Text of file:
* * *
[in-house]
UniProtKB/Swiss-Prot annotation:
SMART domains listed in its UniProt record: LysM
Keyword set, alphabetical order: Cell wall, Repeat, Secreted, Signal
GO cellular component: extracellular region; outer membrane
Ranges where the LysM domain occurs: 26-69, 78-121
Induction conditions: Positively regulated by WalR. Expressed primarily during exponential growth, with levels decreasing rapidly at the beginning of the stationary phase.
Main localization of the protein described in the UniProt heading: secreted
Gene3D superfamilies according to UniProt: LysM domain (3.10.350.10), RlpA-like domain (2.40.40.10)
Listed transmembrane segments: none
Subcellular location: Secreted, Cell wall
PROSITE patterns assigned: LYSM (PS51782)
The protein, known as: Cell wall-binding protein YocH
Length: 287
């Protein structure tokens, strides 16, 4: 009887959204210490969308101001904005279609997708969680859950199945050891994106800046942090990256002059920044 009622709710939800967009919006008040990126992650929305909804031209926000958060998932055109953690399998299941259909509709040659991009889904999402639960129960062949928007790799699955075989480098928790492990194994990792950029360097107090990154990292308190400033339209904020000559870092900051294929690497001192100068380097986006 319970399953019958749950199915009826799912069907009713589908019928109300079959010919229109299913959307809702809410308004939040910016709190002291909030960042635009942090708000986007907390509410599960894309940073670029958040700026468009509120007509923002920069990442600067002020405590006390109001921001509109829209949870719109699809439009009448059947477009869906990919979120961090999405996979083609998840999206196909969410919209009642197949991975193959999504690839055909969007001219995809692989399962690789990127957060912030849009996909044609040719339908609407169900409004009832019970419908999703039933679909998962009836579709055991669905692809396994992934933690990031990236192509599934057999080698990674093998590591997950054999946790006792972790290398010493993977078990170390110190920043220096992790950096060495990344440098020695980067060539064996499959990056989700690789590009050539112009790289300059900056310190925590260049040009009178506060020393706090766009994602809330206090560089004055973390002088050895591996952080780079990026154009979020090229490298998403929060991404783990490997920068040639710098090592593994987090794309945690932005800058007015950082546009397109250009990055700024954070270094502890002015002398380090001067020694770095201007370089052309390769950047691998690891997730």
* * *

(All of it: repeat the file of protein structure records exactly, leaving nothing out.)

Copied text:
[in-house]
UniProtKB/Swiss-Prot annotation:
SMART domains listed in its UniProt record: LysM
Keyword set, alphabetical order: Cell wall, Repeat, Secreted, Signal
GO cellular component: extracellular region; outer membrane
Ranges where the LysM domain occurs: 26-69, 78-121
Induction conditions: Positively regulated by WalR. Expressed primarily during exponential growth, with levels decreasing rapidly at the beginning of the stationary phase.
Main localization of the protein described in the UniProt heading: secreted
Gene3D superfamilies according to UniProt: LysM domain (3.10.350.10), RlpA-like domain (2.40.40.10)
Listed transmembrane segments: none
Subcellular location: Secreted, Cell wall
PROSITE patterns assigned: LYSM (PS51782)
The protein, known as: Cell wall-binding protein YocH
Length: 287
């Protein structure tokens, strides 16, 4: 009887959204210490969308101001904005279609997708969680859950199945050891994106800046942090990256002059920044 009622709710939800967009919006008040990126992650929305909804031209926000958060998932055109953690399998299941259909509709040659991009889904999402639960129960062949928007790799699955075989480098928790492990194994990792950029360097107090990154990292308190400033339209904020000559870092900051294929690497001192100068380097986006 319970399953019958749950199915009826799912069907009713589908019928109300079959010919229109299913959307809702809410308004939040910016709190002291909030960042635009942090708000986007907390509410599960894309940073670029958040700026468009509120007509923002920069990442600067002020405590006390109001921001509109829209949870719109699809439009009448059947477009869906990919979120961090999405996979083609998840999206196909969410919209009642197949991975193959999504690839055909969007001219995809692989399962690789990127957060912030849009996909044609040719339908609407169900409004009832019970419908999703039933679909998962009836579709055991669905692809396994992934933690990031990236192509599934057999080698990674093998590591997950054999946790006792972790290398010493993977078990170390110190920043220096992790950096060495990344440098020695980067060539064996499959990056989700690789590009050539112009790289300059900056310190925590260049040009009178506060020393706090766009994602809330206090560089004055973390002088050895591996952080780079990026154009979020090229490298998403929060991404783990490997920068040639710098090592593994987090794309945690932005800058007015950082546009397109250009990055700024954070270094502890002015002398380090001067020694770095201007370089052309390769950047691998690891997730």